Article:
The Other McCain

"One should either write ruthlessly what one believes to be the truth, or else shut up." — Arthur Koestler

Brett Kimberlin Allegedly Alleges

Posted on | January 13, 2014 | 20 Comments

As predicted this morning, the defendants’ motions to dismiss were denied today in the the million-dollar Maryland lawsuit, Kimberlin v. Walker, et al. And as I had previously explained: “A motion to dismiss is entirely a matter of legal procedure, and one must argue it as if all the facts as alleged by the plaintiff were true which, of course, they aren’t.”

Knowing this in advance, it was nevertheless a stunning thing to hear Montgomery County Judge Sharon Burrell say that she was denying the motions to dismiss because “there is enough alleged here.” That is to say, merely by alleging that he is the victim of torts, Brett Kimberlin gets past the preliminary hurdles, and never mind that the plaintiff is notoriously — nay, infamously — dishonest.

It’s irritating, but that’s the law. Co-defendant John Hoge reports:

None of the motions to dismiss were granted .. . Kimberlin’s motion to consider Ali Akbar served was denied. His motion for additional information from Google was granted.The reason for the denial of Kimberlin’s motion concerning service of process on Ali Akbar was an apparently forged document submitted with his motion.

This last item is curious: Kimberlin had previously submitted a receipt for certified mail of his attempt to serve Ali on which the box for restricted delivery — “addressee only” — was not checked. Yet in court today, Kimberlin claimed to have a receipt on which the box was checked. After a lot of argument about this, Judge Burrell asked Brett to show her this receipt and, after comparing it to what he had previously submitted to the court, the judge declared that it clearly wasn’t the same document. Was this a forgery? I make no such accusation.

Unlike pro se litigants filing lawsuits against innocent defendants, blogging is not covered by the Allege Any Damned Thing rule.

Further motions by the defendants are to be expected in the future, however, and who knows what might be alleged, eh?

 

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Comments

  • Frankie

    Kimberlin would change a document to try and lie to the court? (insert NOT shocked face here) I mean it’s not like he hasn’t lied to the courts numerous times before right? Between this and the lie about defendants being served that were clearly not served I think the judge will be getting a good look at what a dishonest person they are dealing with.

  • Adobe_Walls

    You are probably lucky to be no longer living under Maryland’s vision of what constitutes a legal system.

  • http://wizbangblog.com/ Adjoran

    Sooner or later, some judge is going to decide he’s had enough of this crap.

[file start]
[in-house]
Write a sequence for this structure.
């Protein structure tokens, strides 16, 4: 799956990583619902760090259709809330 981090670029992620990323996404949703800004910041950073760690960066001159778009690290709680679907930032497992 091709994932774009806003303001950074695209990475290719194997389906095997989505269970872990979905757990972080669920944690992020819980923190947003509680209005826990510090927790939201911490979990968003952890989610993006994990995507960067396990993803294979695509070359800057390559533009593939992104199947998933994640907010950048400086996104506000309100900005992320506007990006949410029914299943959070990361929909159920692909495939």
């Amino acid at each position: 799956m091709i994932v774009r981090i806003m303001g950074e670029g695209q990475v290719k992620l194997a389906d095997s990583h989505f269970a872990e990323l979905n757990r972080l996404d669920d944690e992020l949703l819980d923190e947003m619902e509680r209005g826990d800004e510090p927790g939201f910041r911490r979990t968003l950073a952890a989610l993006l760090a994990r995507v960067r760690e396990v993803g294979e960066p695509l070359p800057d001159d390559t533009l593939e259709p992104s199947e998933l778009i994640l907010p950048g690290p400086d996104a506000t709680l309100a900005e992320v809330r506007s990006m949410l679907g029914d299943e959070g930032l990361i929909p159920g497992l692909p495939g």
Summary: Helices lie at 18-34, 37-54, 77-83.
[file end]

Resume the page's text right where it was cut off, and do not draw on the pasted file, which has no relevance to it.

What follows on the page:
Faster, please.

  • Quartermaster

    The judge has just seen that Kimberlin is dishonest and is, therefore, on notice that he is. Maryland courts have already shown that they aren’t too keen on the law, so it may not matter.
    Rule of law was nice while it lasted.

  • http://boogieforward.us/ K-Bob

    The tough part is getting through the “in-between” years prior to outright anarchy.

  • Katie Scarlet

    So I take he has not hired a lawyer yet?

  • SPQR9

    Hilarious that BK tries to submit a forged document and is already caught at it.

    But I think this reinforces that BK’s strategy in this suit has always been a transparent effort to set up a default judgment against defendants.

    He thinks because it sorta worked against Seth Allen that he can repeat it. ACME Law in action.

  • SarahW

    Did your lawyers get to look at the “new” version?

  • Sarahw

    A single intentional forgery, if proven, is grounds for a judge to shut down the case. How did kimberlin account for the discrepancy?

  • http://evilbloggerlady.blogspot.com/ Evi L. Bloggerlady

    If the judge thinks Kimberlin is dishonest, he is going to have tough sledding. It won’t be started outwardly, but it will kill his case.

    As for a motion to dismiss, given every allegation is taken to be true in the complaint, a comment that there is “enough there” is just that. The next step is a summary judgment motion. Let’s see how Brett does with that.

  • http://evilbloggerlady.blogspot.com/ Evi L. Bloggerlady

    Exactly right.

  • Rob Crawford

    Judges inexplicably bend over when pro se suits come in. I simply do not understand it — if the procedures and standards are necessary when professionals are litigating, they’re doubly necessary when amateurs are.

  • Rain

    I can see where a judge would cut a pro se amateur some slack BUT Kimberlin isn’t an amateur to filing pro-se, he’s done it several times and I think relies on judges not realizing this is all lawfare for him…Here’s hoping this judge clues in quickly.

  • Dianna Deeley

    No one has mentioned one, no.

  • Dianna Deeley

    Good question!

  • robertstacymccain

    My attorney has seen both documents in question. The judge didn’t ask Kimberlin to explain the discrepancy, but simply denied his motion.

  • http://deadrepublicanparty.wordpress.com/ rmnixondeceased

    I find the IRA’s concept of Republican Courts (set up in the years prior to their freedom from England in 1921 and used to implement Irish law) more attractive every day.

  • robcrawford2

    The “slack” given to pro se clowns permits them to use the courts as a weapon against innocent people. If it would get an attorney in trouble, it should get someone acting as their own attorney in trouble. Otherwise the targets of the pro se clowns are NOT getting justice, as they are caught in a rigged game.

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